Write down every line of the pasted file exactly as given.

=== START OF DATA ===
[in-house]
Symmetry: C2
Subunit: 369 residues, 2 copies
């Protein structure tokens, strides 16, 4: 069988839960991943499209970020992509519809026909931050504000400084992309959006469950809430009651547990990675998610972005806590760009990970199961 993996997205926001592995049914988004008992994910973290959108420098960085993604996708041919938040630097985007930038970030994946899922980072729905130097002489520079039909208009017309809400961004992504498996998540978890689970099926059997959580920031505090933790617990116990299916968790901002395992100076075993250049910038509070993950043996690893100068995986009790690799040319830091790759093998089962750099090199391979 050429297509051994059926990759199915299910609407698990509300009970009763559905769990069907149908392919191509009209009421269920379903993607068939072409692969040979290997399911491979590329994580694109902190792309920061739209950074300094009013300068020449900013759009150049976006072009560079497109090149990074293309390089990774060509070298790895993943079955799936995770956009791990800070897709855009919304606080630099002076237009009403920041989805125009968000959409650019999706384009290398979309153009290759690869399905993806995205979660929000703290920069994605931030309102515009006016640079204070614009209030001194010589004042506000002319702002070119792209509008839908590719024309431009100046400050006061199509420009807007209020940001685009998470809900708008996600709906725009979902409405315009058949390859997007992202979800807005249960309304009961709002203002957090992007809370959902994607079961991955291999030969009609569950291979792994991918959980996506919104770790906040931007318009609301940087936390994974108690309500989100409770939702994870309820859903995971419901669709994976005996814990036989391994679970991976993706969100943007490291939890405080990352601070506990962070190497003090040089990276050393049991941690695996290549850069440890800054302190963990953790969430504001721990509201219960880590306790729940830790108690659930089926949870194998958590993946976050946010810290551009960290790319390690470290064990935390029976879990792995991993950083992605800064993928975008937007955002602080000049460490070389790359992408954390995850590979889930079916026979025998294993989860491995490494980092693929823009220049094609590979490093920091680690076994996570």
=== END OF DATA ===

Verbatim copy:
[in-house]
Symmetry: C2
Subunit: 369 residues, 2 copies
């Protein structure tokens, strides 16, 4: 069988839960991943499209970020992509519809026909931050504000400084992309959006469950809430009651547990990675998610972005806590760009990970199961 993996997205926001592995049914988004008992994910973290959108420098960085993604996708041919938040630097985007930038970030994946899922980072729905130097002489520079039909208009017309809400961004992504498996998540978890689970099926059997959580920031505090933790617990116990299916968790901002395992100076075993250049910038509070993950043996690893100068995986009790690799040319830091790759093998089962750099090199391979 050429297509051994059926990759199915299910609407698990509300009970009763559905769990069907149908392919191509009209009421269920379903993607068939072409692969040979290997399911491979590329994580694109902190792309920061739209950074300094009013300068020449900013759009150049976006072009560079497109090149990074293309390089990774060509070298790895993943079955799936995770956009791990800070897709855009919304606080630099002076237009009403920041989805125009968000959409650019999706384009290398979309153009290759690869399905993806995205979660929000703290920069994605931030309102515009006016640079204070614009209030001194010589004042506000002319702002070119792209509008839908590719024309431009100046400050006061199509420009807007209020940001685009998470809900708008996600709906725009979902409405315009058949390859997007992202979800807005249960309304009961709002203002957090992007809370959902994607079961991955291999030969009609569950291979792994991918959980996506919104770790906040931007318009609301940087936390994974108690309500989100409770939702994870309820859903995971419901669709994976005996814990036989391994679970991976993706969100943007490291939890405080990352601070506990962070190497003090040089990276050393049991941690695996290549850069440890800054302190963990953790969430504001721990509201219960880590306790729940830790108690659930089926949870194998958590993946976050946010810290551009960290790319390690470290064990935390029976879990792995991993950083992605800064993928975008937007955002602080000049460490070389790359992408954390995850590979889930079916026979025998294993989860491995490494980092693929823009220049094609590979490093920091680690076994996570």